Bernier, François, Travels in the Mogul Empire A.D. 1656-1668

(Westminster, Eng. :  Constable,  1891.)



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Regarding Dryden's Tragedy of Aureng-Zebe

Aureng-Zebe, A tragedy. Acted at the Royal Theatre. Written
by John Dryden, .Servant to his Majesty—is entered in the Stationers'
Register on November 29th, 1675, and Malone is of opinion that it had
probably been acted in the spring of that year. The dramatis personce
and plot are as follows, from which, and from what follows, will be
seen what poetical licence the Author has taken with the text of the
History he used :

The old E.mperour [in love with Indamora].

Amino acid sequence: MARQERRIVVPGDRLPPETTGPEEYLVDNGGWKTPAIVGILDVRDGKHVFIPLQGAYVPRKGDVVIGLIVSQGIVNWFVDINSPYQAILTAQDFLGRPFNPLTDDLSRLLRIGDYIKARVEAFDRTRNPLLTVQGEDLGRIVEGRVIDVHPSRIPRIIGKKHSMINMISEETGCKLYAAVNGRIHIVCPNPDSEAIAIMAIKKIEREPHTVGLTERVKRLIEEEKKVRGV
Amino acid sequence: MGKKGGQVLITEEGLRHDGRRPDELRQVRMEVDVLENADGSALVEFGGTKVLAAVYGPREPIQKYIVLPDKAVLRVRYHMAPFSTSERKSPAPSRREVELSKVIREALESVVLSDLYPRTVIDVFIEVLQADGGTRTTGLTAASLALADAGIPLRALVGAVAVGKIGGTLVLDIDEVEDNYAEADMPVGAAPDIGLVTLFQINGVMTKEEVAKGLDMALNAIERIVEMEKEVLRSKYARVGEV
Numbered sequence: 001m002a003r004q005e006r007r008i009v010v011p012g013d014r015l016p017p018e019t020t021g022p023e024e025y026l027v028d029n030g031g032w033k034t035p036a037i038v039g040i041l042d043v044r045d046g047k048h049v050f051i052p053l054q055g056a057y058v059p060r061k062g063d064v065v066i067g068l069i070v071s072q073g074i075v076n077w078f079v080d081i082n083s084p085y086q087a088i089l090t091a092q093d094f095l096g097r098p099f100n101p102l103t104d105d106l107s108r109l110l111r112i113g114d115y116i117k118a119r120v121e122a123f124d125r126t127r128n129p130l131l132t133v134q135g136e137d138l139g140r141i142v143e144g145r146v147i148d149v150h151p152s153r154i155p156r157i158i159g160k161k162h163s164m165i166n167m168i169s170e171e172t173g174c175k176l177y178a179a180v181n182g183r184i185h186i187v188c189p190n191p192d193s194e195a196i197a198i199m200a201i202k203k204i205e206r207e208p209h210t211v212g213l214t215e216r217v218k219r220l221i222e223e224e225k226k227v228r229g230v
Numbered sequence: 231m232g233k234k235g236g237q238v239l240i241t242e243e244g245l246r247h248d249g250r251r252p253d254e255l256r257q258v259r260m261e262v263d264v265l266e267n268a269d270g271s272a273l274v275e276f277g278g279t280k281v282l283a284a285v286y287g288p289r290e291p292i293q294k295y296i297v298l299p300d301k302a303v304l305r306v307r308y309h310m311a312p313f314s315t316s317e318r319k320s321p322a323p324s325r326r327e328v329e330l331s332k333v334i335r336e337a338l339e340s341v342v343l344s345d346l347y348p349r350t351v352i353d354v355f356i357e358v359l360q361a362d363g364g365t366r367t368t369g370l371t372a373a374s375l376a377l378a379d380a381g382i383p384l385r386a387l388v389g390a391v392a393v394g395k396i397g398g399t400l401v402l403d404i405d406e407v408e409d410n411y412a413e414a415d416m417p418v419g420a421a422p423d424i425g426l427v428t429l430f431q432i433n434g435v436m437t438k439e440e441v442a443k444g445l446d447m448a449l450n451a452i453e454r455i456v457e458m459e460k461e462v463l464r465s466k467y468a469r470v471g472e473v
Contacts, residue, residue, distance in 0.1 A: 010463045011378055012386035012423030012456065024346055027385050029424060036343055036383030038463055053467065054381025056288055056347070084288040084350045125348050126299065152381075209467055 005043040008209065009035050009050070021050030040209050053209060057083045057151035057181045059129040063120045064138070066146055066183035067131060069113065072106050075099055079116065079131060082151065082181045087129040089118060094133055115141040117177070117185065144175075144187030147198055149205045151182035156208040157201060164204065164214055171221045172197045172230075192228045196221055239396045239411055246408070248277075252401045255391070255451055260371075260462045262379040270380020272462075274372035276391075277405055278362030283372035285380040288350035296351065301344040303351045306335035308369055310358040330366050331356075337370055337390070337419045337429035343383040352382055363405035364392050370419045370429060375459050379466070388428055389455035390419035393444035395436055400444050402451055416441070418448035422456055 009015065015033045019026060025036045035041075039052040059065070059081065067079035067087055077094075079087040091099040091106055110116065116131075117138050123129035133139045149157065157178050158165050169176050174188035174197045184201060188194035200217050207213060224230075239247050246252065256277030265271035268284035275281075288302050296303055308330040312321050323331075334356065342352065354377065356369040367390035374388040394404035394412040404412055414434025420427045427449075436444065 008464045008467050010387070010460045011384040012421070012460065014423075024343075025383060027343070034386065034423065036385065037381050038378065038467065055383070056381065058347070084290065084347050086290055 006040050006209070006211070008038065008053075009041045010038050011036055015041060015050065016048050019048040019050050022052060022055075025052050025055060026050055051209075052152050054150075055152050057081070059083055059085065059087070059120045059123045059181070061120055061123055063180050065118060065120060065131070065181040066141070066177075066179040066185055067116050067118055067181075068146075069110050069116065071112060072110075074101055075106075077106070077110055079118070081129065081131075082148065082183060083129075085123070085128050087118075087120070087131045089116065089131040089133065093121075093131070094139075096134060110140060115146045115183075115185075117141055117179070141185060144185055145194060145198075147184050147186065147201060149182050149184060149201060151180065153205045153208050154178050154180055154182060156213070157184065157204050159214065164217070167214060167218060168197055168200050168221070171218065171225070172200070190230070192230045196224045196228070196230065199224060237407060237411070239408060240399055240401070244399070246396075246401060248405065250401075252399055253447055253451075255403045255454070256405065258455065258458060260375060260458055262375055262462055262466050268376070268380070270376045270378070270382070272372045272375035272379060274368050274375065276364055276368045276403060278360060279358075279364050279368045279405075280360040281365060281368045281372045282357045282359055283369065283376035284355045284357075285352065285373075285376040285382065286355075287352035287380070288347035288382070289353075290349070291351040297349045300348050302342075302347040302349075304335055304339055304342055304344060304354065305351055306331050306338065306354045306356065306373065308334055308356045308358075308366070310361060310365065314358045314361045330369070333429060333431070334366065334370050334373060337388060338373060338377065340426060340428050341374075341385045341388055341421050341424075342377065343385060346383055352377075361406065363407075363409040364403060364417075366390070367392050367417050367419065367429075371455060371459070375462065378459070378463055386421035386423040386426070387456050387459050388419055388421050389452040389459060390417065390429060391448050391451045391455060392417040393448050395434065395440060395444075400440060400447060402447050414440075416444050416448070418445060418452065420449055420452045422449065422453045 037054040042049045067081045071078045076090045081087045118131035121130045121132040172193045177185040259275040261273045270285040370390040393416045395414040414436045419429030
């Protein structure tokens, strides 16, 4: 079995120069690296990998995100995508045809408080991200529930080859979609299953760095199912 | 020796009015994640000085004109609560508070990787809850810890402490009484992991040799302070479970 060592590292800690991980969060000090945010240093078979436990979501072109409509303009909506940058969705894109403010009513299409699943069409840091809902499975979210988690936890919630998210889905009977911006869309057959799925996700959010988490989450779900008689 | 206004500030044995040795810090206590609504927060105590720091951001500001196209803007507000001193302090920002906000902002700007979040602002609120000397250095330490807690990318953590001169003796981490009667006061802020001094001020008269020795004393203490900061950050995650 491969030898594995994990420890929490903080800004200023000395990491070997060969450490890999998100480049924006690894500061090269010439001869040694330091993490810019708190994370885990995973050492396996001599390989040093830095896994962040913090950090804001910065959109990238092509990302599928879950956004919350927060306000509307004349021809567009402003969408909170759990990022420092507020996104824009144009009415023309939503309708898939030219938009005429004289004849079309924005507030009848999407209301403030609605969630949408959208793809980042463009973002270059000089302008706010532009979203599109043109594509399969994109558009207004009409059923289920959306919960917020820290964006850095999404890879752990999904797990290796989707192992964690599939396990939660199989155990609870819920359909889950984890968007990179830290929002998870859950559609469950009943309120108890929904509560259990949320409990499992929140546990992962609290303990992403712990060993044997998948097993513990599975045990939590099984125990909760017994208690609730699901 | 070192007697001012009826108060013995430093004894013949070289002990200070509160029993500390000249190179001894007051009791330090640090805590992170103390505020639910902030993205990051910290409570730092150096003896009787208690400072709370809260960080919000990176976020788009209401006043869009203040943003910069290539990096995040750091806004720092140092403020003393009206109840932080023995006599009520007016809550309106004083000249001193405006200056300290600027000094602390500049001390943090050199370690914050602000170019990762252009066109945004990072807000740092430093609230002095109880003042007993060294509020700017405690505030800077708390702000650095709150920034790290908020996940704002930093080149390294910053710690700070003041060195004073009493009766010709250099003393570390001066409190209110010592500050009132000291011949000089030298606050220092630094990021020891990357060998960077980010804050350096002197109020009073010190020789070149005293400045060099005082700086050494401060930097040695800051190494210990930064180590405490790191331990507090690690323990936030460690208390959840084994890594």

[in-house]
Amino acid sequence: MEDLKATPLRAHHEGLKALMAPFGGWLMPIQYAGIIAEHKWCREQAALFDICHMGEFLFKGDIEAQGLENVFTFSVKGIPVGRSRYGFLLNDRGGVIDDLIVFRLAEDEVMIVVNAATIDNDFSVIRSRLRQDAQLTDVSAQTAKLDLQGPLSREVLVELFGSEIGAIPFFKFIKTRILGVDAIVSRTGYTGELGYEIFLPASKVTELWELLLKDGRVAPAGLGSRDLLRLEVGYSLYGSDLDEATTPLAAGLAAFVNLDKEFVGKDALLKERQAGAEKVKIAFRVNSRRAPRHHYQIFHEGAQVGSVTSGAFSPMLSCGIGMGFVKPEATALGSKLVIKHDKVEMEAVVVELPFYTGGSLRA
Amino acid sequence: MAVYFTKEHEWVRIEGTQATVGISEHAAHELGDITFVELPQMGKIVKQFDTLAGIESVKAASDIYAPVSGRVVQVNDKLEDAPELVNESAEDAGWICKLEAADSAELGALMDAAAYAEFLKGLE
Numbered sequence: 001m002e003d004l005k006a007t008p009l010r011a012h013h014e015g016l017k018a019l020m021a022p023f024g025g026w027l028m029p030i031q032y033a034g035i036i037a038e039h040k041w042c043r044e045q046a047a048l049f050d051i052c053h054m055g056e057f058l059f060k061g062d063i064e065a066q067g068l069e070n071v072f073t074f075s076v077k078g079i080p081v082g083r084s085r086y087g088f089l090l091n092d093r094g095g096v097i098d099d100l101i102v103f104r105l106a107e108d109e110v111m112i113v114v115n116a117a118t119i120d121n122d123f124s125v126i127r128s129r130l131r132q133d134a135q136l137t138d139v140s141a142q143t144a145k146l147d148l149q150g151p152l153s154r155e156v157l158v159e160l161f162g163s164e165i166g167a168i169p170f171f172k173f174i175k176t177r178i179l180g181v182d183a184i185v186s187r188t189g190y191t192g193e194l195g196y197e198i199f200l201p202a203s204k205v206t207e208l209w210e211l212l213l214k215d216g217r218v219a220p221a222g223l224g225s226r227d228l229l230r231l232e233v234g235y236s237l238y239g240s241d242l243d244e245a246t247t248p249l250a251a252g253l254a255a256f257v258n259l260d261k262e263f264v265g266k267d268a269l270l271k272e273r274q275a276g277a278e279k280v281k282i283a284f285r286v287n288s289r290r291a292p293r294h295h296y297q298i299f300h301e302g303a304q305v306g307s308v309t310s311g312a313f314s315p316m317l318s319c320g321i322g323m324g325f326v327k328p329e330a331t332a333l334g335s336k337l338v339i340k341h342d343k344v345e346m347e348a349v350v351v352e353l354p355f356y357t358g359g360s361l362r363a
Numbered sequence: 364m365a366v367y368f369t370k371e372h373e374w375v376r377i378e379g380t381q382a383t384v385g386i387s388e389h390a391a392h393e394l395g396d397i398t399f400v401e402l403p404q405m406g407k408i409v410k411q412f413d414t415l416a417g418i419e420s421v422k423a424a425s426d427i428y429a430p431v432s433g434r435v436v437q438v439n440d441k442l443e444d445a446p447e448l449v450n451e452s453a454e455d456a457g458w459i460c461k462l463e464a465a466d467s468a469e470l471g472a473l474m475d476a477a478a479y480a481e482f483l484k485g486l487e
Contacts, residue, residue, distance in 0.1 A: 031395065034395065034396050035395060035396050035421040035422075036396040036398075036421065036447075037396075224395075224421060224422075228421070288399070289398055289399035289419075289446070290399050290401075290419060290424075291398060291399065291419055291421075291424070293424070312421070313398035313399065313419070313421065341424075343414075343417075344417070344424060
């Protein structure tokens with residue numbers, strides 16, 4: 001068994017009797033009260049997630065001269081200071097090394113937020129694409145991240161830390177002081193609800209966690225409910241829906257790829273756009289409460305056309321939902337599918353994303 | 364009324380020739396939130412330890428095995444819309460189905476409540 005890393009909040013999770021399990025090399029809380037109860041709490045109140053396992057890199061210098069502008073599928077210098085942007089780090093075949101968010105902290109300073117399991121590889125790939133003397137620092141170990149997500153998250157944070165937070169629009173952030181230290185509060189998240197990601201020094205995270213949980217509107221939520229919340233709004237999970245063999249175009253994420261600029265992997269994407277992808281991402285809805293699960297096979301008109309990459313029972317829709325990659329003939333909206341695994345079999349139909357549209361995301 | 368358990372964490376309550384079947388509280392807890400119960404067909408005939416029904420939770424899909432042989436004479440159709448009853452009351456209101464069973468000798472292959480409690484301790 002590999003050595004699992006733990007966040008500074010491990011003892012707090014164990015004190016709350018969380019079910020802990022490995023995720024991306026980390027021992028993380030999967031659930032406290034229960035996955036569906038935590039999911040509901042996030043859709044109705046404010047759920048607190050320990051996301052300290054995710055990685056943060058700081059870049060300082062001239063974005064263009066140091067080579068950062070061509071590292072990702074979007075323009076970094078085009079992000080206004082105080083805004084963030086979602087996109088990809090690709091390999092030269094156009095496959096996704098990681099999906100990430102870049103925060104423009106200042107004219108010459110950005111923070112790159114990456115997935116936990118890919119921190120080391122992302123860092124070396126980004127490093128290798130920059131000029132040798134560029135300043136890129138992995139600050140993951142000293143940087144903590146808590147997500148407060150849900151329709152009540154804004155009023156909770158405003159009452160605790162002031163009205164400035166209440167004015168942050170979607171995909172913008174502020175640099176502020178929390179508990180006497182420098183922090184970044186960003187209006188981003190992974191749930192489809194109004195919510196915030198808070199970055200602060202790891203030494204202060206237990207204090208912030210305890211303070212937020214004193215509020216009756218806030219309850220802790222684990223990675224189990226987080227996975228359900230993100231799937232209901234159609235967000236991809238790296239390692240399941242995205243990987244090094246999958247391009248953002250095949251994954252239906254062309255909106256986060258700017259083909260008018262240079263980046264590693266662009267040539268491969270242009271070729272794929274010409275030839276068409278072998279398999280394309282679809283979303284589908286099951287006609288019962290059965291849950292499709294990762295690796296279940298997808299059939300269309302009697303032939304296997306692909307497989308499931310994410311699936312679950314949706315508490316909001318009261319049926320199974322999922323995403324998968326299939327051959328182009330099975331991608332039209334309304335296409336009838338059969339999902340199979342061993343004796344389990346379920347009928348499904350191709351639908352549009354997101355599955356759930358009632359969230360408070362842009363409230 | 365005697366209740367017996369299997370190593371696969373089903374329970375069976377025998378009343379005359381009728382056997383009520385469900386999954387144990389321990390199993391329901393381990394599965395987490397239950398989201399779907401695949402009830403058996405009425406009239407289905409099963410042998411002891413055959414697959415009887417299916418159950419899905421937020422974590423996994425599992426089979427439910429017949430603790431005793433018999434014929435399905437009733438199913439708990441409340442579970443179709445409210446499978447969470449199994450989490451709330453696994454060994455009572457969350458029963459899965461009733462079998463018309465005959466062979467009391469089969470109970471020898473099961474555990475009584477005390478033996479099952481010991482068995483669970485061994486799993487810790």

Aureng-Zebe, his son [in love with Indamora].
MoRAT, his younger Son [son of Nourmahal].
Arimant, Governour of Agra [in love with Indamora].
DiANET,                 ]

Indian Lords, or

Omrahs of
several Factions.


Mir Baba,


Asaph Chawn,

P'azel Chawn,

Nourmahal,! the Empress.

Indamora,  a captive Queen [of Cassimere,   in  love  with

Melesinda, wife to Moral.
Zayda, favourite Slave to the Empress.

Scene, Agra, in the year 1660.

The Emperour, who is 70 years of age, had been so ill that his
death was expected--his four sons had taken up arms to contend for
the Empire—Aureng-Zebe, who remains loyal to his Father, defeats

t Nur Mahal was the wife of the Emperor Jattdngfr, and died, aged 72, in
1645. Mumtaz Mahal was Shah Jahan's wife, and she died in 1631, and is
buried in the Taj. Many compilers of books of Indian History have confounded
the one with the other.    Dryden has of course availed himself of a poet's licence.

2 G
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